Copied directly from Ron Lund's FAQ located at http//:http://www.ronlund.com
What is the best way to break in my new engine?
I would imagine you all have your favorite ways, and some of you don't bother. Those of you who don't bother are missing the boat. I was in that group for a long time. I figured it didn't make any difference anyway. WRONG. An engine that is broken in properly vs. one that is slam dunked from day one will have up to 30% more power over it's lifetime. That's an estimate, but it's from a good source. Curtis Youngblood, well known for having really powerful engines, shared his "quick" break-in procedure with me. I've tried it and it works really well, is quick and doesn't keep you from flying immediately. I've added a couple things that I do when I want my engine to work really well. I'm assuming you can tune your engine and you have the throttle/pitch curves set up properly.
There are basically two types of engines today. Ringed and ABC. For the most part the break-in is the same for both, however on an ABC engine, substitute "a rich, but solid two cycle" for "rich". Running a ringed engine really rich doesn't hurt anything, but in an ABC engine, you aren't doing it any favors by running it slobbering rich. The only thing that wears is the connecting rod. An ABC engine must get up to temperature to run right. Unless it gets to temperature, it won't ever break-in.
I'm going to try to keep this really simple, but bear with me. Needless to say, the first step is to install the engine. Before you do, make sure you've removed the back plate and inspected the inside for foreign material. It's not a bad idea to put a few drops of fuel in it and spin it around a few times. Not too much. Make sure you've dial indicated your fan/clutch to make sure there isn't excess run out. If you don't know what I'm talking about, buy Ray's Manual and read it. It's hard enough on an engine during break-in. Don't add a foaming fuel tank to your work.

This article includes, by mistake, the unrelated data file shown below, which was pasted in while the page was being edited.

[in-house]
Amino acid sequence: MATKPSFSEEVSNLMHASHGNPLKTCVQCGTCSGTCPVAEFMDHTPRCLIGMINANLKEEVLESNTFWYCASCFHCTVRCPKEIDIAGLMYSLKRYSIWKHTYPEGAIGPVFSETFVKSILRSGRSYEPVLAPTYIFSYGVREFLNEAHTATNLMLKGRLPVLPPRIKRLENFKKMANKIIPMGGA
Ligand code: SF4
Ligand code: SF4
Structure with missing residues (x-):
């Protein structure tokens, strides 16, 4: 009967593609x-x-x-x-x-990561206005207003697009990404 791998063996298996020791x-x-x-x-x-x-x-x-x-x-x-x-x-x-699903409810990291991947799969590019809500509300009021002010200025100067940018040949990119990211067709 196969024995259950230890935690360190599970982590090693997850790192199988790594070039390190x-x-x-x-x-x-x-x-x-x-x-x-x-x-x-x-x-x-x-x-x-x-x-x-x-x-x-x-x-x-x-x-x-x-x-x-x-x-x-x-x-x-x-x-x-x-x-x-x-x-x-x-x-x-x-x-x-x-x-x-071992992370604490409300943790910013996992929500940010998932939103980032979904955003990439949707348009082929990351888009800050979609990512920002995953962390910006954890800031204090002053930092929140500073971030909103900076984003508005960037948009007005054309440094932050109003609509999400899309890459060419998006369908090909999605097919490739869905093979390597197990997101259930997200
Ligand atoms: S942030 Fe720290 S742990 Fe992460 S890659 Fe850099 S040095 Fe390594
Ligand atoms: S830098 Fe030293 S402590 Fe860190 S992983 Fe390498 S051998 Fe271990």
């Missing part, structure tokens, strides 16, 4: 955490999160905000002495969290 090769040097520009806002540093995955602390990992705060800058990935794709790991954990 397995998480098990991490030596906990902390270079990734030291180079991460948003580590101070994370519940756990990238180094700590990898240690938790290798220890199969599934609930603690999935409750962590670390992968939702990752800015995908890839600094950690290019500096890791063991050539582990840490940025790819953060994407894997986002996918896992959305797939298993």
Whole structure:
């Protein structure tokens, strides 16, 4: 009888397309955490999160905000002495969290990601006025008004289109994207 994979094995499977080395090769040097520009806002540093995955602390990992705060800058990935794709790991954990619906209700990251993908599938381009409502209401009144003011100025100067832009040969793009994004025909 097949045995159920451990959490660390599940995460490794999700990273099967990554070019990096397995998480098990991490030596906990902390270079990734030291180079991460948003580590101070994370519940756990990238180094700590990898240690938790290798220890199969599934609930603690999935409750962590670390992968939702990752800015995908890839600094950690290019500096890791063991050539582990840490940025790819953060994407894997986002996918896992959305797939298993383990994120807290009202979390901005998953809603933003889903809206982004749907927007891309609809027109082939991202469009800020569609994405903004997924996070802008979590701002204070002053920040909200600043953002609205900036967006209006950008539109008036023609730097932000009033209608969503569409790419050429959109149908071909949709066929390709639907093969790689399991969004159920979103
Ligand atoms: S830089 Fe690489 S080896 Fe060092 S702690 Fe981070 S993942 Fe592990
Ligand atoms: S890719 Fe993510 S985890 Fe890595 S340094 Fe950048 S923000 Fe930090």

Set your needles to the recommended setting. Pinch off the fuel line to the carb and fill the tank full. Remove the glo plug and spin the engine over very briefly to make sure there's no oil in the combustion chamber. You don't want to break your rod before you hear the engine run. Install the glo plug, open the fuel line and light the plug. Start the engine. If your engine doesn't start immediately, don't spin it until you wear down the battery on your starter. Find out what's wrong and fix it. Either the glo plug isn't lit or it's not getting fuel, simple as that.
Once you have the engine running and tuned for a rich mixture, especially the idle. Hover it for about 30 seconds and set it down. Let it idle for about 20 seconds and cool off. Repeat this, adding 30 seconds to each hover until the first tank is gone. Don't run the tank dry. The idea here is to heat it up and cool it down, which is a very important part of break-in. If at any time the engine starts to go lean, shut it down immediately and find out why.
Refuel and now follow these three rules for the next 15 tanks of fuel. It's ok to fly around, even do small loops and rolls. No high power maneuvers...period. Just follow the rules.
1. Don't overload the engine. No full throttle...period.
2. Don't over speed the engine. If you can't descend without over speeding, auto it in, or don't go high to begin with.
3. Don't run it lean
That's it. You'll notice the engine making more power toward about the tenth tank. Don't be tempted to overload it until you've finished the break-in.
Keep the fuel clean. Keep dirt out of the engine and you'll have a long lasting powerful engine.